Wellbeing support is essential for student veterinary nurses and career longevity, according to Hartpury University research - Veterinary Practice
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Wellbeing support is essential for student veterinary nurses and career longevity, according to Hartpury University research

A research project from Hartpury University reveals the importance of prioritising the well-being of student veterinary nurses

Universities should prioritise well-being support for student veterinary nurses (SVNs), foster a culture of openness and empower SVNs to share their concerns and receive support to help them maintain the motivation required for a long-term clinical career.

This is the conclusion of a research project carried out by a Hartpury University academic, presented to delegates at the Royal College of Veterinary Surgeons’ (RCVS) Mind Matters Initiative (MMI) Symposium in Manchester on Tuesday 10 October 2023.

The findings reinforce Hartpury’s existing approach to embed the well-being of veterinary professionals throughout the veterinary nursing department curriculum, not only raising awareness but also signposting to the various Hartpury support services.

Through appropriate well-being support, SVNs can remain on track for their future professional career and feel better prepared to take on the challenges of the role.

Suzannah Harniman, a senior lecturer and programme manager for Hartpury University’s BSc (Hons) veterinary nursing and BSc equine veterinary nursing degrees, presented her project titled “Final year student veterinary nurse’s future career plans: values, beliefs and anxieties” on World Mental Health Day and during the same week as Veterinary Nurse Day (13 October 2023).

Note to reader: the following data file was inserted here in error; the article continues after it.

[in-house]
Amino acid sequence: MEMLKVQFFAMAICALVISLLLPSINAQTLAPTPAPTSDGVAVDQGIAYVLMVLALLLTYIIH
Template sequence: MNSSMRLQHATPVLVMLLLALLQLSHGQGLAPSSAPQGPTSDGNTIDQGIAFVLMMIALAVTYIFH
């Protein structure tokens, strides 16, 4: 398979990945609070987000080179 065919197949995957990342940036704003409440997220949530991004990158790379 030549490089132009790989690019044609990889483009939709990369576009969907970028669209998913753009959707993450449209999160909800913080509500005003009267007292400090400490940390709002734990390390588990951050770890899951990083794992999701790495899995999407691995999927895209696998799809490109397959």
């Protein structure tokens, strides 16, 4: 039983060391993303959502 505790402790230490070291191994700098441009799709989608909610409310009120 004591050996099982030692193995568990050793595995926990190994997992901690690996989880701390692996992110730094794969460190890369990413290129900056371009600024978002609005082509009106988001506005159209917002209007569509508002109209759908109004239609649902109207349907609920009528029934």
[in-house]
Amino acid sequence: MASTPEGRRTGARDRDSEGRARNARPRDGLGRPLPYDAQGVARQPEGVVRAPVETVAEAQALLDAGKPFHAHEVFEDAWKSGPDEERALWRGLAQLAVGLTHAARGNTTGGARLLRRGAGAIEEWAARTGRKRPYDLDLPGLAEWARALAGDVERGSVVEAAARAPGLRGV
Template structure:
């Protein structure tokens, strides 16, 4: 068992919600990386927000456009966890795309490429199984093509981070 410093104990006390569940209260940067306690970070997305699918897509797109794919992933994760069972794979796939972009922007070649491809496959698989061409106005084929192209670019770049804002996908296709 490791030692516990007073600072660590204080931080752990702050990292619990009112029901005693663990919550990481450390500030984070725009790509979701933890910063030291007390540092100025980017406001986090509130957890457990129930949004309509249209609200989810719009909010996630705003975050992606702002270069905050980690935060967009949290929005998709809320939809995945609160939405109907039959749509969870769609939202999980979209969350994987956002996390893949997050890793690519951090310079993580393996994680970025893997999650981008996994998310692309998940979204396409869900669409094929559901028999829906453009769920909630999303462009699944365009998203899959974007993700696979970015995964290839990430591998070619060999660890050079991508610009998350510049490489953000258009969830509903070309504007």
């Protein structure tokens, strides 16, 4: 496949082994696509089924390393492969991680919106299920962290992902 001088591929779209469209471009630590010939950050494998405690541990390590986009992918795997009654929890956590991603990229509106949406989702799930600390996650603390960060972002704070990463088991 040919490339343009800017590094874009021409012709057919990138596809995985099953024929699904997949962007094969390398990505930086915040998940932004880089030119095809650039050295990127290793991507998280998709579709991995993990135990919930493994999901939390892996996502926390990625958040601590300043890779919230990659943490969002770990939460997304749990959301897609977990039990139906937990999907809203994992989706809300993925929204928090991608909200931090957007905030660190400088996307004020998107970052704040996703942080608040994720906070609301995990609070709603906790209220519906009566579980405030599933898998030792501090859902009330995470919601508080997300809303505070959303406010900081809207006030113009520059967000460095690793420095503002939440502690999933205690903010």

The research aimed to investigate the motivators behind final-year student veterinary nurses’ career plans with a view to enhance the level of student support that could be offered in future.

Using a qualitative approach to the research on the importance of well-being support for SVNs, Suzannah used semi-structured interviews with final-year student participants.

It’s clear from the findings that participants are looking forward to their future careers in clinical practice. They place a high value on promoting animal welfare and hold a belief that a veterinary nursing career would enable them to align their personal and professional values.

However, the participants shared their concerns about the distressing nature of some aspects of their SVN role, euthanasia for example, and highlighted the importance of receiving support from their families, friends and university to help them to process challenging experiences.

Speaking about her findings, Suzannah said: “Through my research, I found that appropriate well-being support is essential for SVNs to successfully negotiate their training journeys.

“I’m pleased to say that this is something we prioritise here at Hartpury University with our own students.

“Ensuring the well-being of our SVNs and eventually registered veterinary nurses (RVNs) is supported in all aspects of their profession will help to ensure greater job satisfaction, a better work-life balance and ultimately help to retain talented nurses in the industry.”

This year’s MMI symposium brought together researchers, veterinary professionals and mental health experts from across the world to share their work with members of the profession.

This year’s event also included talks around autism in veterinary professionals, farm vet well-being and moral stress in charity vet hospitals.

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